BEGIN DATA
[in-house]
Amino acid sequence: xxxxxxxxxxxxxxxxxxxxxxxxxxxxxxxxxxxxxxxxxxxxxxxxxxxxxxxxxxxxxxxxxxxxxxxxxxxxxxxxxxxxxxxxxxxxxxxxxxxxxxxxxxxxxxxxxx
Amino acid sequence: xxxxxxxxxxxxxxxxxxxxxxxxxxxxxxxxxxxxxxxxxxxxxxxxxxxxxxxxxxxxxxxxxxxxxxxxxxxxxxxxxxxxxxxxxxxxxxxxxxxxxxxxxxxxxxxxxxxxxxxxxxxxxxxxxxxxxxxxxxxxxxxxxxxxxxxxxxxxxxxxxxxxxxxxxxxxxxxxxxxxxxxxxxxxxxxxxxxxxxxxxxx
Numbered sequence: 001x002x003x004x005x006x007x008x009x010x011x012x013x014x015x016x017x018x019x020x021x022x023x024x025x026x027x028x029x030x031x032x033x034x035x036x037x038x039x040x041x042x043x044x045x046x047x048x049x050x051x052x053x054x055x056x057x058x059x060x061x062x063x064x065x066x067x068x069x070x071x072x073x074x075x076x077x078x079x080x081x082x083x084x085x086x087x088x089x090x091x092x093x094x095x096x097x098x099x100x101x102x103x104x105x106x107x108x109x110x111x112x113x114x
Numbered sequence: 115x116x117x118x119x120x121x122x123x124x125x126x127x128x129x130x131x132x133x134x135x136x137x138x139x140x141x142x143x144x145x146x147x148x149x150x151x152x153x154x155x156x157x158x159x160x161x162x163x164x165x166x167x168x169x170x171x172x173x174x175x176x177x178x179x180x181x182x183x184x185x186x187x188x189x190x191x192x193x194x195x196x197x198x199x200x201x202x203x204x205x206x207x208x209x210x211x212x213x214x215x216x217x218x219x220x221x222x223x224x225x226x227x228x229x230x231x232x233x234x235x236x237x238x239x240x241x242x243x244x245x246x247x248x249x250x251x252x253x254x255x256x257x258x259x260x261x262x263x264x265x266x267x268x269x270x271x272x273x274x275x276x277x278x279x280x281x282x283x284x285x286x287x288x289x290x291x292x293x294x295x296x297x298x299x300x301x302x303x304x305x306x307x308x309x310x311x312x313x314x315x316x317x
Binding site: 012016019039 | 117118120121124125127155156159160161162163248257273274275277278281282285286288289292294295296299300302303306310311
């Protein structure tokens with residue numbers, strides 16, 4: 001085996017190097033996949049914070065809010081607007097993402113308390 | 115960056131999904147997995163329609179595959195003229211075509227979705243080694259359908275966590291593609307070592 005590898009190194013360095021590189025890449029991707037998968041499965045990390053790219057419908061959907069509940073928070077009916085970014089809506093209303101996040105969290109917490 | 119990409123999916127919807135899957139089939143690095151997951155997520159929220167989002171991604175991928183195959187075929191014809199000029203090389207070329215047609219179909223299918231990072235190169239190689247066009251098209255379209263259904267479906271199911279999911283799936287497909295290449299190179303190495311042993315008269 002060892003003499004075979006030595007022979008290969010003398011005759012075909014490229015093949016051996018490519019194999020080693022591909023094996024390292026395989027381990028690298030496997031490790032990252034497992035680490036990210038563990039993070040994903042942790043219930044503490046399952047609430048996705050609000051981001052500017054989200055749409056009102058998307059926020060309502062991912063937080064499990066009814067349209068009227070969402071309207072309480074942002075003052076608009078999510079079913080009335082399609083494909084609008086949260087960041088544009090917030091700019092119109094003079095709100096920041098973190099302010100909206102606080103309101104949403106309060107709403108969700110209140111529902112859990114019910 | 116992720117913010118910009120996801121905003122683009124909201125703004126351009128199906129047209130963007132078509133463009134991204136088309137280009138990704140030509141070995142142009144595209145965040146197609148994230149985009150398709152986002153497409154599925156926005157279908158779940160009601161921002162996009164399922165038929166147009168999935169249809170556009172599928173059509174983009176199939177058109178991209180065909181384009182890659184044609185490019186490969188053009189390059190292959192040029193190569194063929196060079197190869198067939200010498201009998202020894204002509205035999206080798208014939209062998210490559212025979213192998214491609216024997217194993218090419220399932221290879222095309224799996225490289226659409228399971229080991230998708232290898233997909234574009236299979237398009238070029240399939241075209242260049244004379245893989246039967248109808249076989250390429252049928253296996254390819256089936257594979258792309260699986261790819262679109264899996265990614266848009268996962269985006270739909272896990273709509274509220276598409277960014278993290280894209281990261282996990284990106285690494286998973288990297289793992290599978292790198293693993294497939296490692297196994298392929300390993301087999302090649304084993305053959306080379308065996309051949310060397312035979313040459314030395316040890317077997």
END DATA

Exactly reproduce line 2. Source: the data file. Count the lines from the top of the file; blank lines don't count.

Amino acid sequence: xxxxxxxxxxxxxxxxxxxxxxxxxxxxxxxxxxxxxxxxxxxxxxxxxxxxxxxxxxxxxxxxxxxxxxxxxxxxxxxxxxxxxxxxxxxxxxxxxxxxxxxxxxxxxxxxxx